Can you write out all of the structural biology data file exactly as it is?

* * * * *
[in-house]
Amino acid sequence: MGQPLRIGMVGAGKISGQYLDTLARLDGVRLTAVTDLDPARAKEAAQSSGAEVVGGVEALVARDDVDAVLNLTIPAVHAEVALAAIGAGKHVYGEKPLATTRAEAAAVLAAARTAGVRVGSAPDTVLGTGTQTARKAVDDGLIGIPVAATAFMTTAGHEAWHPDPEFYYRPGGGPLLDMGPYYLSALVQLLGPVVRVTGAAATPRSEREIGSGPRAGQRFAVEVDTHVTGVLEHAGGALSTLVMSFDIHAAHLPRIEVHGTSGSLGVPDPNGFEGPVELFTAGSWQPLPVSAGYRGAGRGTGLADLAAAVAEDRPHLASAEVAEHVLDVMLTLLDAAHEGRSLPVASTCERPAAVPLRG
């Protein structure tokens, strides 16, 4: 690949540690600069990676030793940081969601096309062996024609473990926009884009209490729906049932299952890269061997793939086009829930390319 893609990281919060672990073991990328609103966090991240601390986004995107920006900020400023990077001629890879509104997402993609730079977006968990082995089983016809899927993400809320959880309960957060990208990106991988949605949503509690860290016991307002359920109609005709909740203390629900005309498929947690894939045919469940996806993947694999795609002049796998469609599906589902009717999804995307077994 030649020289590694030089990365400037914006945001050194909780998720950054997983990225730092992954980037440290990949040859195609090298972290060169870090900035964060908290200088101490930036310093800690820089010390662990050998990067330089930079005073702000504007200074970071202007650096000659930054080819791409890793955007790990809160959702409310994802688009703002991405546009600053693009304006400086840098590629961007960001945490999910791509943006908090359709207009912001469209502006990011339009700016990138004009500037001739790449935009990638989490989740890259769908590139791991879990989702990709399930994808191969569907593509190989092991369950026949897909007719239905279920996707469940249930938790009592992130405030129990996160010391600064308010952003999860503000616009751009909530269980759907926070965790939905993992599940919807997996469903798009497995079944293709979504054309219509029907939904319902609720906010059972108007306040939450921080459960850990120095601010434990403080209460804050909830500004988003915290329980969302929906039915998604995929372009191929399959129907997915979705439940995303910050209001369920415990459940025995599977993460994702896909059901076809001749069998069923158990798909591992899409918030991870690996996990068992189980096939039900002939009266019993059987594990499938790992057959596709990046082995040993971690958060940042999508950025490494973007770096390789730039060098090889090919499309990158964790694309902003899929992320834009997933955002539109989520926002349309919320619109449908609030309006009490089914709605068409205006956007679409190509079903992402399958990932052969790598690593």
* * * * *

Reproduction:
[in-house]
Amino acid sequence: MGQPLRIGMVGAGKISGQYLDTLARLDGVRLTAVTDLDPARAKEAAQSSGAEVVGGVEALVARDDVDAVLNLTIPAVHAEVALAAIGAGKHVYGEKPLATTRAEAAAVLAAARTAGVRVGSAPDTVLGTGTQTARKAVDDGLIGIPVAATAFMTTAGHEAWHPDPEFYYRPGGGPLLDMGPYYLSALVQLLGPVVRVTGAAATPRSEREIGSGPRAGQRFAVEVDTHVTGVLEHAGGALSTLVMSFDIHAAHLPRIEVHGTSGSLGVPDPNGFEGPVELFTAGSWQPLPVSAGYRGAGRGTGLADLAAAVAEDRPHLASAEVAEHVLDVMLTLLDAAHEGRSLPVASTCERPAAVPLRG
């Protein structure tokens, strides 16, 4: 690949540690600069990676030793940081969601096309062996024609473990926009884009209490729906049932299952890269061997793939086009829930390319 893609990281919060672990073991990328609103966090991240601390986004995107920006900020400023990077001629890879509104997402993609730079977006968990082995089983016809899927993400809320959880309960957060990208990106991988949605949503509690860290016991307002359920109609005709909740203390629900005309498929947690894939045919469940996806993947694999795609002049796998469609599906589902009717999804995307077994 030649020289590694030089990365400037914006945001050194909780998720950054997983990225730092992954980037440290990949040859195609090298972290060169870090900035964060908290200088101490930036310093800690820089010390662990050998990067330089930079005073702000504007200074970071202007650096000659930054080819791409890793955007790990809160959702409310994802688009703002991405546009600053693009304006400086840098590629961007960001945490999910791509943006908090359709207009912001469209502006990011339009700016990138004009500037001739790449935009990638989490989740890259769908590139791991879990989702990709399930994808191969569907593509190989092991369950026949897909007719239905279920996707469940249930938790009592992130405030129990996160010391600064308010952003999860503000616009751009909530269980759907926070965790939905993992599940919807997996469903798009497995079944293709979504054309219509029907939904319902609720906010059972108007306040939450921080459960850990120095601010434990403080209460804050909830500004988003915290329980969302929906039915998604995929372009191929399959129907997915979705439940995303910050209001369920415990459940025995599977993460994702896909059901076809001749069998069923158990798909591992899409918030991870690996996990068992189980096939039900002939009266019993059987594990499938790992057959596709990046082995040993971690958060940042999508950025490494973007770096390789730039060098090889090919499309990158964790694309902003899929992320834009997933955002539109989520926002349309919320619109449908609030309006009490089914709605068409205006956007679409190509079903992402399958990932052969790598690593």